Slippers / shoes at book studies

by billyboy 59 Replies latest jw friends

  • Legolas

    I am not talking about public places. When it came to our hall in the winter most would just take off their boots and put on their dress shoes, but some didn't but who cares that is a public place...I am just talking about someone's house when I say that.

    Would you let me walk in your house with these on?

  • MsMcDucket
    I feel I should have the right, in my own home, to walk around without getting

    dog, bird or any other sort of doo on my feet. If people can't respect that and leave their dirty shoes on the inside door mat

    I have to think they have no any respect for me or my home. Should I respect them?

    I feel like this about carpets: they resemble white-washed graves but are full of dead men's bones inside. Carpets harbor all kinds of dust mites, molds, allergens....I would hate to take my shoes off in someone's home and step into some cat pee or poop or whatever. I would really be mad if I stepped on a pin or a piece of glass. I, also, think it's rude to ask people to take their shoes off. You assume that everyone is healthy when you do this. You assume that people don't have body disturbances of some sort. Some people are just embarrassed to take off their shoes. You might as well ask them to take off their underpants. Do you supply a clean mat each time a person takes their shoes off? Or does everyone take their shoes off at the same place? It's not common for people to ask others to take their shoes off where I live.

    I wonder why people who by white carpets want to have the Book Study in their home? If they really wanted to do the right thing by all they should not offer their homes if they're going to be policing people's feet. I don't think it's the respectful thing to do. I'm sure if you told the person that has a problem with taking his shoes off that you thought it was disrespectful to your home that he would leave. I'd hope that he wouldn't be ashamed to say that.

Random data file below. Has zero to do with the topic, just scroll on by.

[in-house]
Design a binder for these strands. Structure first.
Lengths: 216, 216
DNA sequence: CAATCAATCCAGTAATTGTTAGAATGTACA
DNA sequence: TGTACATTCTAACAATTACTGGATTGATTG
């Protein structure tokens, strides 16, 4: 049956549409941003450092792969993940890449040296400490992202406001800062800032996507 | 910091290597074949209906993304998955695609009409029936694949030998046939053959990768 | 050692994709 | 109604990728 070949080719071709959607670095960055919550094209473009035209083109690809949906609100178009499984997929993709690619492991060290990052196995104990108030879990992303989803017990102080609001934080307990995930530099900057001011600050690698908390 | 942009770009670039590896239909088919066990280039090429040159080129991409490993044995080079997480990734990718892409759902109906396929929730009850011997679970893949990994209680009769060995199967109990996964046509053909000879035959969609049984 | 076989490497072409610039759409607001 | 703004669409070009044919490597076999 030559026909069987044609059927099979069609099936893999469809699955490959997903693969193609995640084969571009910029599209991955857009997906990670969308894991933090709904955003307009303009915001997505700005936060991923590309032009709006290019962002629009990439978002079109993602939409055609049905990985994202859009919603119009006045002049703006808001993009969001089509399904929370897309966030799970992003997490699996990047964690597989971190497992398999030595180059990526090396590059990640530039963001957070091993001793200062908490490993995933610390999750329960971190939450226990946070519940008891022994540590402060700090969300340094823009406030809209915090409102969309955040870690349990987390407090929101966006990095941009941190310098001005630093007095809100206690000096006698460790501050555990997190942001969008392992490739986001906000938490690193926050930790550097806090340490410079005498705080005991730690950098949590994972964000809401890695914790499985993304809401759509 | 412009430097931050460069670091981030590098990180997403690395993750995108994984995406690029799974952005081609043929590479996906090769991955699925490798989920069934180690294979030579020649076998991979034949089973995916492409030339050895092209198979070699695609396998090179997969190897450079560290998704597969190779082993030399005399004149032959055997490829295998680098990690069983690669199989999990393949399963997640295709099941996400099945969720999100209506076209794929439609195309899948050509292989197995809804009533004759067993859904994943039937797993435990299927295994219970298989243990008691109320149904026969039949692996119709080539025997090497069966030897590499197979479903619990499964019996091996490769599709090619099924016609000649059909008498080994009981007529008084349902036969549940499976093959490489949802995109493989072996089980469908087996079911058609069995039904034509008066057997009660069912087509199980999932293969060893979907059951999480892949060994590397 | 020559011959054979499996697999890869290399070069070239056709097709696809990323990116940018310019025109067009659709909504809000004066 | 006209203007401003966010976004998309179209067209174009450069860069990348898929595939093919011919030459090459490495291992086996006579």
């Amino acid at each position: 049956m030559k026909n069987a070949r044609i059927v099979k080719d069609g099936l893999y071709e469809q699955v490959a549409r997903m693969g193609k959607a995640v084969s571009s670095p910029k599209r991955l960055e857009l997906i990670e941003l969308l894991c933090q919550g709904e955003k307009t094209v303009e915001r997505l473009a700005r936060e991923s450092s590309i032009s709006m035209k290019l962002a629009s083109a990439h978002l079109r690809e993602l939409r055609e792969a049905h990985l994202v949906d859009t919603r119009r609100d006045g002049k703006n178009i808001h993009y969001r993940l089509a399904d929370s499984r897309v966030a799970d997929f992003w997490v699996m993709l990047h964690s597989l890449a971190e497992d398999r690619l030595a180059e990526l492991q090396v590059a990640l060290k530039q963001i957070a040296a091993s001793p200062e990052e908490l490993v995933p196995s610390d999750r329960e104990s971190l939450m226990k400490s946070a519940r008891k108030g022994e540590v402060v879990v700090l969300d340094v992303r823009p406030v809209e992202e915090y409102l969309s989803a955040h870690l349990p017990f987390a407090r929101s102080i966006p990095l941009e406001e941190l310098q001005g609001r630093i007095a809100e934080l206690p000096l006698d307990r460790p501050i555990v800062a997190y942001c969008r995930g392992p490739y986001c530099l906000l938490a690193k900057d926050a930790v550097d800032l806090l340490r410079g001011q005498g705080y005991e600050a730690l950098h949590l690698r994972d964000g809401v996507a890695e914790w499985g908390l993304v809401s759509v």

• MsMcDucket

    Only if your home is a soccer or football field. Most people don't wear their cleats in a person's home. They take the shoes off at the gym. But you never know. My kids couldn't even go to the deck with those shoes on.

  • carla

    I've only been in one house that they were fanatical about taking your shoes off, though they had plastic runners running through and plastic on the lampshades too! I know two people who would not go to anybody's house if they had to take their shoes off, one is obsessive about wearing shoes, the minute they wake up shoes go on and do not come off until their butt hits the bed at night. The other, due to medical difficulties has problems getting shoes on and off, it can take over a half hour somedays just to get one shoe on! I think it would be cruel to ask this person to take them off and then go through the laborious and sometimes painful task of putting them back on. Looking at this person most people don't realize there is even a medical condition.